I heard “The Film Music of Philip Glass,“ a concert last night by the Manitoba Chamber Orchestra at the intimate Glenn Gould Studio conducted by Anne Manson with Michael Riesman, piano soloist. The concert was recorded for a CD that I am looking forward to obtaining, in order to allow me the pleasure of hearing this music again.
Although Glass has an enormous number of projects listed on IMDB he has yet to win an Academy Award, and is not known for film music, or at least is not synonymous with film music, the way we might observe of such big names as John Williams or Danny Elfman. But then again Glass came to Hollywood via artistic rather than commercial pathways; he reminds me of another serious artist who achieved mainstream success, namely Bernard Herrmann, who dreamed of the kind of legitimacy as an opera composer that is Glass’ calling card. This season for example, the Metropolitan Opera will include Satyagraha, a revival of an earlier production of one of his ‘portrait operas’ in its high definition broadcasts.
The concert opened and closed with a work for piano and orchestra based on a film. The “Suite from Dracula” goes with the 1931 film, while the “Suite from The Hours” is based on cues in Glass’ 2002 score for the film, assembled at least partly by Michael Riesman, the soloist on this occasion. In between was Glass’ Symphony #3, a composition whose connection to film is unclear to me ; but then again, perhaps that will be explained in the CD’s liner notes.
Riesman apologized that he forgot to give his introduction to the Dracula music, perhaps mesmerized by the warm applause with which he was greeted. I wish I had seen Dracula with Glass’ music, so that I might have a better idea how it’s meant to work. As a stand-alone composition I was unconvinced, finding the music insubstantial, but pleasant: which is probably all one can ask of film music.
For me the highlight of the evening was Glass’ Symphony 3, a work that demonstrated the strengths of the orchestra and its relationship with conductor Manson. Over the years I have been a bit in awe of Glass’ compositions in performance, which are daunting in their requirement of a strict meter that neither accelerates nor drags, played meticulously. When I think back on all the Glass I’ve heard (and it’s a lot, going back to a concert in 1977, the North American premiere of Satyagraha in 1981, his score for La Belle et la Bête, films such as Koyaanisqatsi, Mishima as well as many more recordings I obtained) the requirement of precision represents a particular kind of virtuosity that may dazzle yet also puts a kind of strait jacket over the performance. Glass himself remarked –at the time of his Metropolitan Opera production of Satyagraha– that he welcomed new approaches and interpretations of his work; if so I believe Glass would be thrilled with the original approach Manson brings to these works. In a nutshell, she relaxes the strait-jacket. The solos have the wonderful give and take one usually finds in a concerto of Mozart or Beethoven, where one allows the piece to have an organic shape rather than observing the crystalline tyranny that one finds in the performances by Glass’ own ensemble. One doesn’t argue with the composer, but then again, sometimes a new interpreter can bring something fresh to the table.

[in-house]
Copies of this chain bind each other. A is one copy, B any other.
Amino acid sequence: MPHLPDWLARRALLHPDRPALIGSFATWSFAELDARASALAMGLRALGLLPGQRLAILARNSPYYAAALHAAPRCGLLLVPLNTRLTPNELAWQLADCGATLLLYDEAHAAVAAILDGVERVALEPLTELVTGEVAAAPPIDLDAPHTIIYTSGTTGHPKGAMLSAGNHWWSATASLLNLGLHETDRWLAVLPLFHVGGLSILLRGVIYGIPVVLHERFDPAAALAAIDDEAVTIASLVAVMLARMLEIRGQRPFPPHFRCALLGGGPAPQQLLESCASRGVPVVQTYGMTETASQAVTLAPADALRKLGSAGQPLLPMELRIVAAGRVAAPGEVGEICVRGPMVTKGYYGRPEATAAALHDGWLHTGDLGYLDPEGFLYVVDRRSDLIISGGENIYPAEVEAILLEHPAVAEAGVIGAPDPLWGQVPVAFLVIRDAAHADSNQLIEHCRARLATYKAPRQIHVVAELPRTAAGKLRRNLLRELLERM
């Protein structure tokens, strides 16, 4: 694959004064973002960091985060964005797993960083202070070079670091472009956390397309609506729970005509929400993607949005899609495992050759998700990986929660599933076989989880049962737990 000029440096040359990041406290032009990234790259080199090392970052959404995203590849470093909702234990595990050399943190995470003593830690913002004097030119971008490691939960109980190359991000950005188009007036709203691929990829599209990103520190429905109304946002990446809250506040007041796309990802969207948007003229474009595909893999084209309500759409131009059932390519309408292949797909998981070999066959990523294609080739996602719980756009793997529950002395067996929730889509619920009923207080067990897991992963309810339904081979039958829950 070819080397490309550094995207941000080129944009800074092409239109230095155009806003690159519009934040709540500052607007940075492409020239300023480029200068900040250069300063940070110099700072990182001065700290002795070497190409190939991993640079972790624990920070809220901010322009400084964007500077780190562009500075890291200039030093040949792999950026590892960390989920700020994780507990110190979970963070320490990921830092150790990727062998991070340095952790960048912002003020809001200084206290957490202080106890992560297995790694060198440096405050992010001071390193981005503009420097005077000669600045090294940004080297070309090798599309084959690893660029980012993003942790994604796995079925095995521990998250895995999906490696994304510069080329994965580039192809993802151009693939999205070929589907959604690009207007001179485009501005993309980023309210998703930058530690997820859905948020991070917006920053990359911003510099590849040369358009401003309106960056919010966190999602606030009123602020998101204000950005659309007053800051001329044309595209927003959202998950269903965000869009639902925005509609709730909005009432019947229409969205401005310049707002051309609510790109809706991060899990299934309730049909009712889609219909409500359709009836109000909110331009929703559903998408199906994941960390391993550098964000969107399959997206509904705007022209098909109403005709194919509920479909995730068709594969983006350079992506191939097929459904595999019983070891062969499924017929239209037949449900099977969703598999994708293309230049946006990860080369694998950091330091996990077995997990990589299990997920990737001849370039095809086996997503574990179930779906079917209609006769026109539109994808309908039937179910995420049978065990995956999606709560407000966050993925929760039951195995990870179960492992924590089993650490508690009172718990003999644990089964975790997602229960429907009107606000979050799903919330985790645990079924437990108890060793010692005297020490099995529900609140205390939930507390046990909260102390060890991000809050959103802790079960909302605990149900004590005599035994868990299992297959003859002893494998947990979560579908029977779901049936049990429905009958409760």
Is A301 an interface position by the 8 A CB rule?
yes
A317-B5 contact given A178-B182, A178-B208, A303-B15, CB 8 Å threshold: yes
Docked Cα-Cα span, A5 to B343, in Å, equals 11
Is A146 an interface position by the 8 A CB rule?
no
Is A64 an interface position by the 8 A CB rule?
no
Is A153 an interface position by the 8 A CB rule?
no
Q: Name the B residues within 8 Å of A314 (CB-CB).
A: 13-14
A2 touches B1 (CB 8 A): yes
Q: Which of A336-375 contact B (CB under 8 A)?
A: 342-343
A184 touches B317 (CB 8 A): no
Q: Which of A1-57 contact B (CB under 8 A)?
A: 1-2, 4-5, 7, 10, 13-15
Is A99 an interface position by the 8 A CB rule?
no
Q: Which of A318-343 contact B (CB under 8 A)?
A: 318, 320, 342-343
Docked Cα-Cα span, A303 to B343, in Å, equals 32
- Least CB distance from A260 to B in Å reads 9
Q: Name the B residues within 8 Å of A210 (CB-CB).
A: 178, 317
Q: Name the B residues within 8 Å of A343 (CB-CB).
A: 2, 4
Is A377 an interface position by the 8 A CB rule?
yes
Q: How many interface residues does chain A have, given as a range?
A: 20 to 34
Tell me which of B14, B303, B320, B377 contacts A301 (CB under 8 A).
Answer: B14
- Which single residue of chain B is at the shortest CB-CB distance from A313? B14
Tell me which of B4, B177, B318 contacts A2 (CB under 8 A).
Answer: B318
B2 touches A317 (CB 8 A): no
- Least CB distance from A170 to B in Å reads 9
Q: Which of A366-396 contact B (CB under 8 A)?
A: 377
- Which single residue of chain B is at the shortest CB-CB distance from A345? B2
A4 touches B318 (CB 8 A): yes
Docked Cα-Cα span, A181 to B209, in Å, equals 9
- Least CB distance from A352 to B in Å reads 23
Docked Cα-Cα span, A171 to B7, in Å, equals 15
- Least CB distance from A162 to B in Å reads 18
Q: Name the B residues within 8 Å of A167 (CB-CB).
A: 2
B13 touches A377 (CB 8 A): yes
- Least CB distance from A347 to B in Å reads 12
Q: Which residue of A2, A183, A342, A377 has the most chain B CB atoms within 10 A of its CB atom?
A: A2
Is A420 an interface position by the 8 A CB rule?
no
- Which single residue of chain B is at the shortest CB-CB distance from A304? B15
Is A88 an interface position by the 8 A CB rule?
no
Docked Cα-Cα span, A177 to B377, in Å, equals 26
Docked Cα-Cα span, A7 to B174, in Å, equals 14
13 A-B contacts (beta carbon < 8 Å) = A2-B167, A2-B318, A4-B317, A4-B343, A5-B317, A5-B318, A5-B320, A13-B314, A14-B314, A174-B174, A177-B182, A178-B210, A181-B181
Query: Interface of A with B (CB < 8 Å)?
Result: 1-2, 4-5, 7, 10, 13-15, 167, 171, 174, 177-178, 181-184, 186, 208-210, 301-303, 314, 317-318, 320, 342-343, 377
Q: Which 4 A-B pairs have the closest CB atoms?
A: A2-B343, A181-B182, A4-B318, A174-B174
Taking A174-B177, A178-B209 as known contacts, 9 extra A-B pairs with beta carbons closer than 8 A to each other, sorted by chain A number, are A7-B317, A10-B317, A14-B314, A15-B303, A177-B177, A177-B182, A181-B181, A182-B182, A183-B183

The third movement of the Third Symphony is an especially wonderful creation, whose origins are explained somewhat by the composer. The key movement is the third one, whose construction reminds me a bit of Pachelbel’s canon, building from a simple core in the first passage to more and more elaborate construction of solo lines over top, as you can hear in this performance. Manson and the Manitoba Chamber Orchestra achieve a wonderfully delicate balance in the intimate confines of the Glenn Gould Studio.
Here’s an example of that wonderful third movement from youtube:
Finally, Riesman returned for a piano concerto based on the music in The Hours. Some time over a hundred years ago composers were taken captive by the collective notion that the audience prefers a display of skill from the pianist. For the longest time, no one was willing to write any other sort of concerto, perhaps afraid to fail in a kind of test of their manhood. While no one measures such things, as far as virtuosity is concerned Glass has written a concerto that is mostly under the hand, rarely very fast and wonderfully lyrical without being taxing. Of course that ship –classical compositions with any kind of audience—has all but sailed, so that by now, there are no rules, no requirements really. Glass gave us something beautiful, tuneful, and Riesman gave the authoritative reading.
Now I am impatient to get my hands on that CD…(!)